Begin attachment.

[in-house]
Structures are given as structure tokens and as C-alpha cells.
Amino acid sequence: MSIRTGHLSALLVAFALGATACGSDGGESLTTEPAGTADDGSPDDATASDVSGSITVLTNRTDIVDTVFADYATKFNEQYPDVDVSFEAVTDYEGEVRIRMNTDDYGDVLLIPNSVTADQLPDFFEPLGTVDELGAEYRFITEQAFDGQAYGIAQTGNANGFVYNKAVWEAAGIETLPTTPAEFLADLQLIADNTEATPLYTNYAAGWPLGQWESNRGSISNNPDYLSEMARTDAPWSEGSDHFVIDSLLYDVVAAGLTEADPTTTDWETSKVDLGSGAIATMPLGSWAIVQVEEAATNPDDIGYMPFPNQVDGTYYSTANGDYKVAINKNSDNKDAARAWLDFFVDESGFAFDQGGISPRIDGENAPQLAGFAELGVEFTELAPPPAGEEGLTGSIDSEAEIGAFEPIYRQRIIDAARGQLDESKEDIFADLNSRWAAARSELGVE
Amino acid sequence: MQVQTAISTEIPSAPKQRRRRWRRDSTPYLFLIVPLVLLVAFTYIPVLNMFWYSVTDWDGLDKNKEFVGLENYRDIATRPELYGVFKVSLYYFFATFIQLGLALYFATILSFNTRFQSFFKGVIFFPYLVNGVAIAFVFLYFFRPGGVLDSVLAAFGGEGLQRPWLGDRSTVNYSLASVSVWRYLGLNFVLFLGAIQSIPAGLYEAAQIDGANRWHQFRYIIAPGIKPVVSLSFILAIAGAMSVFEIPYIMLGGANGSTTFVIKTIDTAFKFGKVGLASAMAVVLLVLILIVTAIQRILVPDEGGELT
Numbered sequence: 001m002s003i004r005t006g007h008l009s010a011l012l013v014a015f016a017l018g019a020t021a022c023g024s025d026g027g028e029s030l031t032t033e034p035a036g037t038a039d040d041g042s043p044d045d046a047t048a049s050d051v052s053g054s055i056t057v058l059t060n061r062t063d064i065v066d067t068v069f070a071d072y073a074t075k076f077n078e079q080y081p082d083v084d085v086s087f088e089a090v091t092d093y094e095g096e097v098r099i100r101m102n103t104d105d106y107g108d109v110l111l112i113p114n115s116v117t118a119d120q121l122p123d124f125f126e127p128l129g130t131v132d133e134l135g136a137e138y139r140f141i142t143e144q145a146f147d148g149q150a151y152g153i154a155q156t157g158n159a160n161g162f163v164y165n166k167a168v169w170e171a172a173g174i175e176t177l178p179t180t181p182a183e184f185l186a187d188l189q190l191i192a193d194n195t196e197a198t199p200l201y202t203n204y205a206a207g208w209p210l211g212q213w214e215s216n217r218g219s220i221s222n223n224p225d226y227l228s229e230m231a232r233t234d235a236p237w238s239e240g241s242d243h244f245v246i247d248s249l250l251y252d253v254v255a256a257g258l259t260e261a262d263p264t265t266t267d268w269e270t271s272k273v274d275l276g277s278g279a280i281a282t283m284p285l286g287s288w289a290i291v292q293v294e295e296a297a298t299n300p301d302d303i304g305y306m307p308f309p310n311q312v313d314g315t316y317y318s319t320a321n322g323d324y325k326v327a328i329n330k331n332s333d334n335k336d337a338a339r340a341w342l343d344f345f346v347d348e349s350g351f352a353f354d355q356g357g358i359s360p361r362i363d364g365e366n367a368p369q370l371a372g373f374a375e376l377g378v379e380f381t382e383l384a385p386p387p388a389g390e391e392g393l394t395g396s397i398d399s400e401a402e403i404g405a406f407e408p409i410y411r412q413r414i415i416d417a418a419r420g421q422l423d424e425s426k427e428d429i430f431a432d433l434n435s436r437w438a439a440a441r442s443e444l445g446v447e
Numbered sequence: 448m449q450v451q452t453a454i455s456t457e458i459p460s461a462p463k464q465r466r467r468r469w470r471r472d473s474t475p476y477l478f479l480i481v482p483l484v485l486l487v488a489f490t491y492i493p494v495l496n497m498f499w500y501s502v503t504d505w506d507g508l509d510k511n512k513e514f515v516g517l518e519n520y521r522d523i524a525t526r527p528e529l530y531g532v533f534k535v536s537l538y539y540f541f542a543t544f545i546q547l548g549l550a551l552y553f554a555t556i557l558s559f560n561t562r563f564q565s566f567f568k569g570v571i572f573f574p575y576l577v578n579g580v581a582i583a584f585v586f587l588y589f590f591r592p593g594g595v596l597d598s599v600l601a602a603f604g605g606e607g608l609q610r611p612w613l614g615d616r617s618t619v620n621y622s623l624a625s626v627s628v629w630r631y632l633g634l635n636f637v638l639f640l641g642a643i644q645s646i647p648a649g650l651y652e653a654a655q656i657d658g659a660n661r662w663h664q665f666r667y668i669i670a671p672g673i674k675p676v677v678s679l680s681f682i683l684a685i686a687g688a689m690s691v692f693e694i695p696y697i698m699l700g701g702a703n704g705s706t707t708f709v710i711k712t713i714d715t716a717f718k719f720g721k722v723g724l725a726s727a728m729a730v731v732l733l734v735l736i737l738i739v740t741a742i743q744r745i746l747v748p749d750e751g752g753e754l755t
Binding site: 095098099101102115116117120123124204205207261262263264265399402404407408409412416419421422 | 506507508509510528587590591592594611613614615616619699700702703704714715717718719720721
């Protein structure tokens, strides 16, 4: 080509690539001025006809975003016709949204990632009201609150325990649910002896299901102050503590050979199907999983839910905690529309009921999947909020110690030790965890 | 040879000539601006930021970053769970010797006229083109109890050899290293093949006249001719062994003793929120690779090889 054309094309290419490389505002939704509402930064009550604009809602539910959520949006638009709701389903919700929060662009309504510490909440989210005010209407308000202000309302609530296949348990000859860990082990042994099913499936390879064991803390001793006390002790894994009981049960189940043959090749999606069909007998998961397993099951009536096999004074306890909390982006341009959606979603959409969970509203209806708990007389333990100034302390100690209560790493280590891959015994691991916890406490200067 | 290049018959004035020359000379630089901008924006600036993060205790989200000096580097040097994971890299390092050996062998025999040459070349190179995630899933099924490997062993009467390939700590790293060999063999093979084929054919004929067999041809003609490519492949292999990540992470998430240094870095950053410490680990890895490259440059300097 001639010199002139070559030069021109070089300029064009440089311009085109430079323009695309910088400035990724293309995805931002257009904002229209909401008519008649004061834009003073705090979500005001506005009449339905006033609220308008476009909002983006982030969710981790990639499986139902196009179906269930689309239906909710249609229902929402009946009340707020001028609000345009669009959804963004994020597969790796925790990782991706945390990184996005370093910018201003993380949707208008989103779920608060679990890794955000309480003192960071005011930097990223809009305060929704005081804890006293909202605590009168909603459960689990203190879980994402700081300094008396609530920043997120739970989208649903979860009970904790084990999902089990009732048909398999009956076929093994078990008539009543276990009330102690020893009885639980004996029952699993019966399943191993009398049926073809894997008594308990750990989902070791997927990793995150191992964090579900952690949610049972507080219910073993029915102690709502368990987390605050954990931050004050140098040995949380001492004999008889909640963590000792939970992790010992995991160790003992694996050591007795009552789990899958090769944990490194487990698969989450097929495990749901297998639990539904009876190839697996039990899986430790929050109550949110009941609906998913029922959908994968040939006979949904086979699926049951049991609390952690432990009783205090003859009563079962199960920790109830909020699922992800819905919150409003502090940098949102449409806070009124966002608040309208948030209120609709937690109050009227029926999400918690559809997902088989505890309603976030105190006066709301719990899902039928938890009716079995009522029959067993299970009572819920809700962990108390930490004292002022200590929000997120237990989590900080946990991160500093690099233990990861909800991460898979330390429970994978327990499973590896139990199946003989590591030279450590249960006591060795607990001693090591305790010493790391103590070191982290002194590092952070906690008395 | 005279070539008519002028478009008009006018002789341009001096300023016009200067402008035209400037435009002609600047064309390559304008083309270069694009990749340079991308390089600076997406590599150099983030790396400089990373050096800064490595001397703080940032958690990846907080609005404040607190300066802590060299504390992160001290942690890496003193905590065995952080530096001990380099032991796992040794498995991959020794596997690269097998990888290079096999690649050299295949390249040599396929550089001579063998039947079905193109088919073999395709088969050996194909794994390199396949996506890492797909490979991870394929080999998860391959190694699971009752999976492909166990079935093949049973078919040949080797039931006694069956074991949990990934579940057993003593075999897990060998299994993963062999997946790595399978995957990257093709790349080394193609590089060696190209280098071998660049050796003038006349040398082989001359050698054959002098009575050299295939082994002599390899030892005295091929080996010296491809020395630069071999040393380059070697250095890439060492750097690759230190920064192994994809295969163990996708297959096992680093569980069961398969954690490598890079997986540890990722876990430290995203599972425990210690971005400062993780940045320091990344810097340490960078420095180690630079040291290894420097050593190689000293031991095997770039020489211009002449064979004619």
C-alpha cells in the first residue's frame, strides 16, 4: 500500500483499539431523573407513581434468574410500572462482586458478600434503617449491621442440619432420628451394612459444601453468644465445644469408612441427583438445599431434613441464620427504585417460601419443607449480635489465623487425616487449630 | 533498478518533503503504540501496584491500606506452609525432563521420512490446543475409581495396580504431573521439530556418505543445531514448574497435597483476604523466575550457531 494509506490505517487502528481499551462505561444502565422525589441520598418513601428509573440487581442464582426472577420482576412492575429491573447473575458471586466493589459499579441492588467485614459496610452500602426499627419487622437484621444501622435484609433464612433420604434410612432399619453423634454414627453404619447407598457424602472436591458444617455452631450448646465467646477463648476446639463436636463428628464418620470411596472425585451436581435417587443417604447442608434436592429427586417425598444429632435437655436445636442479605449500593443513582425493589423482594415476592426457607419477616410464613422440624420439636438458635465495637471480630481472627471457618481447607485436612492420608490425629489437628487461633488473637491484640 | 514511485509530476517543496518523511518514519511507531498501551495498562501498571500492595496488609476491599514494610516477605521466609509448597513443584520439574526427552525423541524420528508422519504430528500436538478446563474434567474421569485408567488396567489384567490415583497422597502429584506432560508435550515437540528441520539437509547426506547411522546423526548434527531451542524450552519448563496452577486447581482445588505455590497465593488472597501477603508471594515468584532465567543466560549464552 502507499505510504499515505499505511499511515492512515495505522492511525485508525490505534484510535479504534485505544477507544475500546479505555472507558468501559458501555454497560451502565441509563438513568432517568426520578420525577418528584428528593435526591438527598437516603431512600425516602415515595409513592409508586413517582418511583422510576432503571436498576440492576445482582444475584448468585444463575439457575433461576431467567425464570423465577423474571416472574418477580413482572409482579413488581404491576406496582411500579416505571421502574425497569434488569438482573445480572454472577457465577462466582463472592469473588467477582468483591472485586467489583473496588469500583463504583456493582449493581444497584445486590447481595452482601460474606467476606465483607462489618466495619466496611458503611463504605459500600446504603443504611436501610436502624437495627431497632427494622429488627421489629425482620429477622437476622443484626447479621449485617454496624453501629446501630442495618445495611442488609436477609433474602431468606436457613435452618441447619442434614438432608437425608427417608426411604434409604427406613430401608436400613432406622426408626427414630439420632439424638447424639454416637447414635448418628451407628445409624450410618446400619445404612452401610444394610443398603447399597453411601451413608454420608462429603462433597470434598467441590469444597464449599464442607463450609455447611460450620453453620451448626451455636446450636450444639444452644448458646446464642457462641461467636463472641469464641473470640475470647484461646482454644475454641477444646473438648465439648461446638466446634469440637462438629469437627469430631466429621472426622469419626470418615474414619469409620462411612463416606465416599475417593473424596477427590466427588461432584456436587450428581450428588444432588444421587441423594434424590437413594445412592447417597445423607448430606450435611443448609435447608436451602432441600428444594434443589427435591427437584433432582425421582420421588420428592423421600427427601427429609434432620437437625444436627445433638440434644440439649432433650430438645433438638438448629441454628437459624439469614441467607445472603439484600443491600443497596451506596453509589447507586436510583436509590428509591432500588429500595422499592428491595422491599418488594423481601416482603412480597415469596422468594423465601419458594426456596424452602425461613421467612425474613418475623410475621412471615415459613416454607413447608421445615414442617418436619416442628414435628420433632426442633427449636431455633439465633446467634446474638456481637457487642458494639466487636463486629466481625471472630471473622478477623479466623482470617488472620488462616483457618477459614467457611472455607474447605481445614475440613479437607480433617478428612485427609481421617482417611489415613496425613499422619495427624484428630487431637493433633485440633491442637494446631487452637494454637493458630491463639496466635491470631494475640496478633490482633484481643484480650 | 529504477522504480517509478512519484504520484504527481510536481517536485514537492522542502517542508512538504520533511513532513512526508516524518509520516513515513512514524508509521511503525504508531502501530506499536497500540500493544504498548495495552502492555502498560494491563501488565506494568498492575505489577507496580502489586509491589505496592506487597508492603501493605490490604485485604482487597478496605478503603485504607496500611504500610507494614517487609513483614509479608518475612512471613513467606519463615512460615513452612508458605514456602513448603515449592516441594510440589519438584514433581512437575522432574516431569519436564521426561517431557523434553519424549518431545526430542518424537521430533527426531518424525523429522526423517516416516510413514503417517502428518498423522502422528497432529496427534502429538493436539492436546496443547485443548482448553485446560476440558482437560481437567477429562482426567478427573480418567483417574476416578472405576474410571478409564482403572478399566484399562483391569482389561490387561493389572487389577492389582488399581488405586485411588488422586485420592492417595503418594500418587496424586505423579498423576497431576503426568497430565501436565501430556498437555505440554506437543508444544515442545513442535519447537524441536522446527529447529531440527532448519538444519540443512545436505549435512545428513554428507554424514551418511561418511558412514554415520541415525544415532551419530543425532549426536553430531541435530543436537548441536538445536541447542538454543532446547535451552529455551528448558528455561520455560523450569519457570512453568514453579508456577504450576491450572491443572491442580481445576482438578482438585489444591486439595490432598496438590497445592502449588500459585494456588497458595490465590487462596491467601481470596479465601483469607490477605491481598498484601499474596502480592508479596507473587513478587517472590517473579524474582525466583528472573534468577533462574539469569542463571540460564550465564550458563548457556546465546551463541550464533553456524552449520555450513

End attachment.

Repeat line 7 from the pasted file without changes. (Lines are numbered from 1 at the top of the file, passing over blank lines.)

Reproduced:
Binding site: 095098099101102115116117120123124204205207261262263264265399402404407408409412416419421422 | 506507508509510528587590591592594611613614615616619699700702703704714715717718719720721